So we expect to hear about that test also will be interesting to see. Will, they have different rules if you're vaccinated or not vaccinated? Will, they have different rules if you're an essential worker or not? We're looking to see these clarified guidelines to see if they make those changes, John.

KING: Let's standby for those in the week ahead. Elizabeth Cowen thanks so much for kicking us off. The Omicron surge, of course causing disruption across American life as we open this first work and first school week of the New Year severe winter weather in parts of the country is an added complication whether the issue is air travel or back to school, districts across the country now struggling to keep schools open and staffed some large public school systems already making the call to start this New Year virtually.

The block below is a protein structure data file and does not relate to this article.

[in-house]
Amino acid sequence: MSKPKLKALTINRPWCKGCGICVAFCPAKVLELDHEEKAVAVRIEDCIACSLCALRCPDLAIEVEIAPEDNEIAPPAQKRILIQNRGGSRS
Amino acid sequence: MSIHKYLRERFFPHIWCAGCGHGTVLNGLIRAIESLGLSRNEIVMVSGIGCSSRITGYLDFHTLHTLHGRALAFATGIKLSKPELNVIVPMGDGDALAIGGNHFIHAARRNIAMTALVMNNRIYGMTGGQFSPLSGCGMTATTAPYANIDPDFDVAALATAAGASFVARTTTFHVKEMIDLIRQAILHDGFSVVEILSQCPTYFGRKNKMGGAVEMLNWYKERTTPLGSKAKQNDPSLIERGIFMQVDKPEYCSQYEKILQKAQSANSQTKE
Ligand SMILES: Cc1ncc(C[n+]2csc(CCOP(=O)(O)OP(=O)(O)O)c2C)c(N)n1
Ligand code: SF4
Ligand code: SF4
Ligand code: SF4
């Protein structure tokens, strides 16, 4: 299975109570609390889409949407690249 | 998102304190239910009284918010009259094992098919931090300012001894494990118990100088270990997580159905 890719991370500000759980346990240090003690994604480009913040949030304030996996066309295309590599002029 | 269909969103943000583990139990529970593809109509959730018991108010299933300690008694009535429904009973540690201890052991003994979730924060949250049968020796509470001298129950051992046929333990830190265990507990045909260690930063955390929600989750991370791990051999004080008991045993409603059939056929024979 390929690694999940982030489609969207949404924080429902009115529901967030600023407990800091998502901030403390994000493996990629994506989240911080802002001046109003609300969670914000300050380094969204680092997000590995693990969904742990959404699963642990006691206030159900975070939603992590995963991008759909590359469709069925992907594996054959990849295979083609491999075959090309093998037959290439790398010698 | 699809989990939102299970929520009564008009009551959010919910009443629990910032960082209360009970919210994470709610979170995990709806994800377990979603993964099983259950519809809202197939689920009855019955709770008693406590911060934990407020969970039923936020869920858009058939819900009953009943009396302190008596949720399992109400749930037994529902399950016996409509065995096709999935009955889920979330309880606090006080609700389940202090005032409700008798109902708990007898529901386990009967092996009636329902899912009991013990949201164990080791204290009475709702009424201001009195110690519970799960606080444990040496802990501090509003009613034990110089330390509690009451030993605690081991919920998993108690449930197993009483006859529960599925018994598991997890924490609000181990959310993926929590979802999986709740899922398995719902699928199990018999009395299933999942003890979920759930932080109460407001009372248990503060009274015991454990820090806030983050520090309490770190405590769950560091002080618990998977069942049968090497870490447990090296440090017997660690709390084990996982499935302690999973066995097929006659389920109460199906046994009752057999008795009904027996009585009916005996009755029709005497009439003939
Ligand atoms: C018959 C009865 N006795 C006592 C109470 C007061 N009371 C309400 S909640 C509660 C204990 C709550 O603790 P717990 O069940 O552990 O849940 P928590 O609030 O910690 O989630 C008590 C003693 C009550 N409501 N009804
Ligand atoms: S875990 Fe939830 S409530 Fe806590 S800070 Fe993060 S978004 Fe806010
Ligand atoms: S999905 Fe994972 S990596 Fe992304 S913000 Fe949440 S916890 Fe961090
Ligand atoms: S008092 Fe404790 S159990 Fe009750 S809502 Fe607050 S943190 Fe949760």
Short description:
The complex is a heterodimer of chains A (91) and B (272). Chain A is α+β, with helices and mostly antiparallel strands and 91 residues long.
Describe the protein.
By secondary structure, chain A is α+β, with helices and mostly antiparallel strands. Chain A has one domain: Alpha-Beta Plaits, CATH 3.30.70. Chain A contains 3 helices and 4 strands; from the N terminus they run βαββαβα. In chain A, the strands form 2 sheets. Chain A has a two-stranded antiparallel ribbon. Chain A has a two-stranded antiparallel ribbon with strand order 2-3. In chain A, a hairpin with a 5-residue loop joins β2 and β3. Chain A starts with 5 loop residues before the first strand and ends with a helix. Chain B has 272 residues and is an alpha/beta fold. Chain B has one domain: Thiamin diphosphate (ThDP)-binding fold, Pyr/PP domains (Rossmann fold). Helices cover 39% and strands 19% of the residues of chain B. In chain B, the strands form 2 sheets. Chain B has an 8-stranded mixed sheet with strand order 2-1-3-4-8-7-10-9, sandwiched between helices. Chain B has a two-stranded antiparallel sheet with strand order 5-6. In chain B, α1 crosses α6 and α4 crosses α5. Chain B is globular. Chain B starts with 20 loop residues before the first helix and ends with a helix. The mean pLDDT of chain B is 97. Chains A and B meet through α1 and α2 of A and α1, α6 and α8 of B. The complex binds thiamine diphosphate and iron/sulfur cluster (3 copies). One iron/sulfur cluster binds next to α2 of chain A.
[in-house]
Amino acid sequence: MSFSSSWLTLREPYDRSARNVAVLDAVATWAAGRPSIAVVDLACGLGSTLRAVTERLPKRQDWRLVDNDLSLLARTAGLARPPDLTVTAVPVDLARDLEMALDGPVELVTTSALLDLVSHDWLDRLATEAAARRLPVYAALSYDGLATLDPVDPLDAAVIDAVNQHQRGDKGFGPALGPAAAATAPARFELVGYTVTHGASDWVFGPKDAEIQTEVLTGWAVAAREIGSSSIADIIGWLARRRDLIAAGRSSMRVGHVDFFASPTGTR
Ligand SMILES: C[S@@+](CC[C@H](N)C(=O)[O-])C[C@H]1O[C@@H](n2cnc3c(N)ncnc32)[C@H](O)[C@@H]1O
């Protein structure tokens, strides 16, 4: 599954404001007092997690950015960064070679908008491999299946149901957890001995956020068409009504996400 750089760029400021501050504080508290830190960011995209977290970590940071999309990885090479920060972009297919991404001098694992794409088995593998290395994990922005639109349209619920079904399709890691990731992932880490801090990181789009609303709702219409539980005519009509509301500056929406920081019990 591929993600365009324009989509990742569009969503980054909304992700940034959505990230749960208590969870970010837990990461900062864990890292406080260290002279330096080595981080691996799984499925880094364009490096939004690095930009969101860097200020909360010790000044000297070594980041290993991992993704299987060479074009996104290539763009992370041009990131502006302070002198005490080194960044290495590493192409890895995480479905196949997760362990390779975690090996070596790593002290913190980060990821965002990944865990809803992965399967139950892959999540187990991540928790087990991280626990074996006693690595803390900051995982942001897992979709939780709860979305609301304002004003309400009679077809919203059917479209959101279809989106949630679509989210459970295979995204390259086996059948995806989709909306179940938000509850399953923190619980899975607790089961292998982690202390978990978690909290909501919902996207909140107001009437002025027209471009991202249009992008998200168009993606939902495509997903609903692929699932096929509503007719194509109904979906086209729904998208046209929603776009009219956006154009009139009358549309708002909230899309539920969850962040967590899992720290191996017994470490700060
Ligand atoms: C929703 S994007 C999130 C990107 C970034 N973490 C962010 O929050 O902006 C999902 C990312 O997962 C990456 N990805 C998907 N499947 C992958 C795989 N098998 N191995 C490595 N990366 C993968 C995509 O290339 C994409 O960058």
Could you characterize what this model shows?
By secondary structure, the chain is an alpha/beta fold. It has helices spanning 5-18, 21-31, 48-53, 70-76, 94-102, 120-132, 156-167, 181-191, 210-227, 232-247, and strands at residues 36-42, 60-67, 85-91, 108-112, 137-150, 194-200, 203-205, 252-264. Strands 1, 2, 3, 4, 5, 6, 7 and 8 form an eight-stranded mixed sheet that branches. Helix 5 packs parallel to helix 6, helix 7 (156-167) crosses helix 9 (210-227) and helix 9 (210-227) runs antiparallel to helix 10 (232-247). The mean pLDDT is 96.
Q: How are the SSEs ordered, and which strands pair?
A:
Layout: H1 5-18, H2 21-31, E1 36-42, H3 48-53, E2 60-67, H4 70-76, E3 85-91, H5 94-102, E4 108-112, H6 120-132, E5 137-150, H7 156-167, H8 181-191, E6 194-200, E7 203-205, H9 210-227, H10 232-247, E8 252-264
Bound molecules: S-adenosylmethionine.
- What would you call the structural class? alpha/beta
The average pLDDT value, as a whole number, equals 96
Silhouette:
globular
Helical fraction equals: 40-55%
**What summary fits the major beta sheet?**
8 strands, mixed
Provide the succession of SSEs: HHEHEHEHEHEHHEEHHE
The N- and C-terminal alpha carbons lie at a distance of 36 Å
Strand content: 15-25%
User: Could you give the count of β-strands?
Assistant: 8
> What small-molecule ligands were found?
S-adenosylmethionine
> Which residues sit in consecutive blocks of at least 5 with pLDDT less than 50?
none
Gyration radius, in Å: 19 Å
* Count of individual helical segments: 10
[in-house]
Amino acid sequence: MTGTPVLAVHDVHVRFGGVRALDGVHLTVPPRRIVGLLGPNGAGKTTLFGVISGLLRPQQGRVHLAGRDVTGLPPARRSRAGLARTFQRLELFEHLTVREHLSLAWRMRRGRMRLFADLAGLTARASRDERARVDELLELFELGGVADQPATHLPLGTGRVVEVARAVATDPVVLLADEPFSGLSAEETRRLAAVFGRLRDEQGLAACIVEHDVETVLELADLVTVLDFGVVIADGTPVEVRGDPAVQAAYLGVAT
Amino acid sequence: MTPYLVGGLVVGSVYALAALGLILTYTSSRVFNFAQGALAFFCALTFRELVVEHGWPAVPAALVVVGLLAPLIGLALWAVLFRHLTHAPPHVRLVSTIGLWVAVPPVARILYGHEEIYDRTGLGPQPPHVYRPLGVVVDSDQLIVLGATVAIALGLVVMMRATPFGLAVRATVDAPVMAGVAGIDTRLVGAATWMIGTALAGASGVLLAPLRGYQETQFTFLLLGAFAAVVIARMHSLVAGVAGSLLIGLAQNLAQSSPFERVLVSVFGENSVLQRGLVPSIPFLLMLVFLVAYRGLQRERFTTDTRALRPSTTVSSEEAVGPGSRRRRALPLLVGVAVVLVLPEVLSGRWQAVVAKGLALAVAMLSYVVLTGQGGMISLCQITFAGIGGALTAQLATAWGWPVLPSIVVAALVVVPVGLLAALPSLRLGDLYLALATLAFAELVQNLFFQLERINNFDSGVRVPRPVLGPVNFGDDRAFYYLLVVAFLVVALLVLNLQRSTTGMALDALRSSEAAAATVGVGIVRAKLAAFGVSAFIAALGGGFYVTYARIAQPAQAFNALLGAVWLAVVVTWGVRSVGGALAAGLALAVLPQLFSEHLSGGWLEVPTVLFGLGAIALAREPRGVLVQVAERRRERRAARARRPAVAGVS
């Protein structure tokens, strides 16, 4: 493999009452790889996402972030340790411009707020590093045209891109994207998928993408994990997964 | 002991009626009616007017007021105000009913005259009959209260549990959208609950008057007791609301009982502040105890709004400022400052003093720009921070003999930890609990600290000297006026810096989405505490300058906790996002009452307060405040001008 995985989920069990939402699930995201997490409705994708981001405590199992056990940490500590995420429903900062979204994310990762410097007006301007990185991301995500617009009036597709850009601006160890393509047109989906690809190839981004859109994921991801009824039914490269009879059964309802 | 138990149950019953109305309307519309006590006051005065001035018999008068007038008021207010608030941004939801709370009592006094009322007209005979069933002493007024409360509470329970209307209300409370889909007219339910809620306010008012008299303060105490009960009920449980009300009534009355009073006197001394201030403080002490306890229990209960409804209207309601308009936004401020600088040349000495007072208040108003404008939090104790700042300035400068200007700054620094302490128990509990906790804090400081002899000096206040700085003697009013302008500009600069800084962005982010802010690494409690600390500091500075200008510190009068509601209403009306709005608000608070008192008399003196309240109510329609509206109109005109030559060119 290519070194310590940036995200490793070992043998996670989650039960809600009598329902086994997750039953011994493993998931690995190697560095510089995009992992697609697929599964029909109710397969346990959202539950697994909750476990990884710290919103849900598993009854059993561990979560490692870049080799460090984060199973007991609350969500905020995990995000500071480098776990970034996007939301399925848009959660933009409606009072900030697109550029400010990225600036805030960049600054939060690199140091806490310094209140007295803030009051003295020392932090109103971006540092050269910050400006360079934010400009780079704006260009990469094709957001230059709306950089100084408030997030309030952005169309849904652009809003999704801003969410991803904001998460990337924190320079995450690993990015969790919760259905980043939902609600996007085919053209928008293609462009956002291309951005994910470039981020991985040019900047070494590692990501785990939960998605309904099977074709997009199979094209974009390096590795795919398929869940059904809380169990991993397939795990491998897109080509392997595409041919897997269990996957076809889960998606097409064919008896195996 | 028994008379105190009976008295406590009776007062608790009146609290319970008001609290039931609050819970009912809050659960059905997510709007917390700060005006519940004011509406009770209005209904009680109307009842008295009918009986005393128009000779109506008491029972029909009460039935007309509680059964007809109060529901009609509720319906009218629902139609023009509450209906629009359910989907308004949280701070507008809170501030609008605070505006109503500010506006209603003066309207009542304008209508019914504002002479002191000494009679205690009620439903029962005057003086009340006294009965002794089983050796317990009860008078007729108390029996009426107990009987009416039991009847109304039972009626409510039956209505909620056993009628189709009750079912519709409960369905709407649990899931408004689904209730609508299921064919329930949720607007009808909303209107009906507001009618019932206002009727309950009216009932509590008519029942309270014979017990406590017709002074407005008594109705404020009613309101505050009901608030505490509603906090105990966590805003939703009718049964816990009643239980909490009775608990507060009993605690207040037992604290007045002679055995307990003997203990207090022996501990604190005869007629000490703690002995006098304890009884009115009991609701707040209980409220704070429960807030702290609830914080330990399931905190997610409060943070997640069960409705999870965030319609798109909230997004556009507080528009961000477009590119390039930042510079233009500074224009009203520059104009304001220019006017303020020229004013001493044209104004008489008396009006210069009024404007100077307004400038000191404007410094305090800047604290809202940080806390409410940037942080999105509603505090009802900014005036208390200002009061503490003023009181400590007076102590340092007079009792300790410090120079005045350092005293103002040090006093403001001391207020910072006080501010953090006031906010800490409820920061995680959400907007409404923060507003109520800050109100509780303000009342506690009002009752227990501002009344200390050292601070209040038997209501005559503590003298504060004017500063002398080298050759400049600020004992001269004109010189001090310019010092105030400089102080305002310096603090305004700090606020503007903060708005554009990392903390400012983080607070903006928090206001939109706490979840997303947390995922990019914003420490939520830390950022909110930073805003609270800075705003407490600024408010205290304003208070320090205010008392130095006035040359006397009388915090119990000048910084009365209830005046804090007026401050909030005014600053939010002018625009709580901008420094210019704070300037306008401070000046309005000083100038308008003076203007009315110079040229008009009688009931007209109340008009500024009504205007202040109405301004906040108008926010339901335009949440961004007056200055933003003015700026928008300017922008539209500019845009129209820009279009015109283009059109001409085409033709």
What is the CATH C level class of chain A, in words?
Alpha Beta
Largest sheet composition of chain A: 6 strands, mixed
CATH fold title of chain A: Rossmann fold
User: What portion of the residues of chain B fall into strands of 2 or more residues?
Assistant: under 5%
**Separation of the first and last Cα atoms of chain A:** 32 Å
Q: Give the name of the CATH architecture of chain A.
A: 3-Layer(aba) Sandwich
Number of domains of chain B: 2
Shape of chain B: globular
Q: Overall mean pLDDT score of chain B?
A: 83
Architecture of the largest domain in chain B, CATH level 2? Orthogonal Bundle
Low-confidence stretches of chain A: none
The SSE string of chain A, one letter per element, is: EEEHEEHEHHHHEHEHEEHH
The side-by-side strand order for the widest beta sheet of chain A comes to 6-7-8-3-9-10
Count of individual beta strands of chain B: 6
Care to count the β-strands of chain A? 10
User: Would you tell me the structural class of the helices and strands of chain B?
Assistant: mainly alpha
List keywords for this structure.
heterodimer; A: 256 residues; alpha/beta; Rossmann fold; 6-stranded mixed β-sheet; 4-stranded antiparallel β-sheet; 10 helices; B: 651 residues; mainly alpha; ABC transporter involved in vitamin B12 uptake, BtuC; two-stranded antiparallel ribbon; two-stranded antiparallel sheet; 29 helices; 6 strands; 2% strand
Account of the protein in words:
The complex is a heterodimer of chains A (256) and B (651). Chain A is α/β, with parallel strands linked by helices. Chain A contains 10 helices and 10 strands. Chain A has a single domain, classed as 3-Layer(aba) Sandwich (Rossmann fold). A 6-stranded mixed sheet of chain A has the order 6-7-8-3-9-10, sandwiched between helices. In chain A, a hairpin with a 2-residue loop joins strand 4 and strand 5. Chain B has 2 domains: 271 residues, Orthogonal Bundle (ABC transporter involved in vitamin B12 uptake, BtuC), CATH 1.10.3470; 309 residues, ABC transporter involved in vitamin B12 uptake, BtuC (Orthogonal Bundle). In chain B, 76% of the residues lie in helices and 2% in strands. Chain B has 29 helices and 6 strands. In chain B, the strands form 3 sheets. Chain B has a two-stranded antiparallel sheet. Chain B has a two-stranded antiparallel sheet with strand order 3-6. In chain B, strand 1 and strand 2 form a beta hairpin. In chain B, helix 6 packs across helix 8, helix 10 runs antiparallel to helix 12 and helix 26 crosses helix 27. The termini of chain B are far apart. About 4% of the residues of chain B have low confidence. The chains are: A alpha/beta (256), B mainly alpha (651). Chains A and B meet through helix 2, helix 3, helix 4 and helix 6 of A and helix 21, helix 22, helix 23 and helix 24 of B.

CNN's Athena Jones is with us now live and exploring this big question the Omicron back to school challenge, Athena.

ATHENA JONES, CNN NATIONAL CORRESPONDENT: Hi, John. You're right. Its schools in several states have decided to start the year remotely. So they're just taking being very cautious because of the people coming back from the holiday season.

You see on the list on the screen a list of some of those schools here in New York City though Mayor Eric Adams has repeatedly stressed how important it is to keep the schools here in New York City open.

You could call this one of his first big tests and one of his most pressing challenges. This is the nation's largest school system. He argues there are so many drawbacks to children having to do remote learning there are missed meals there are children being exposed to an environment of crime.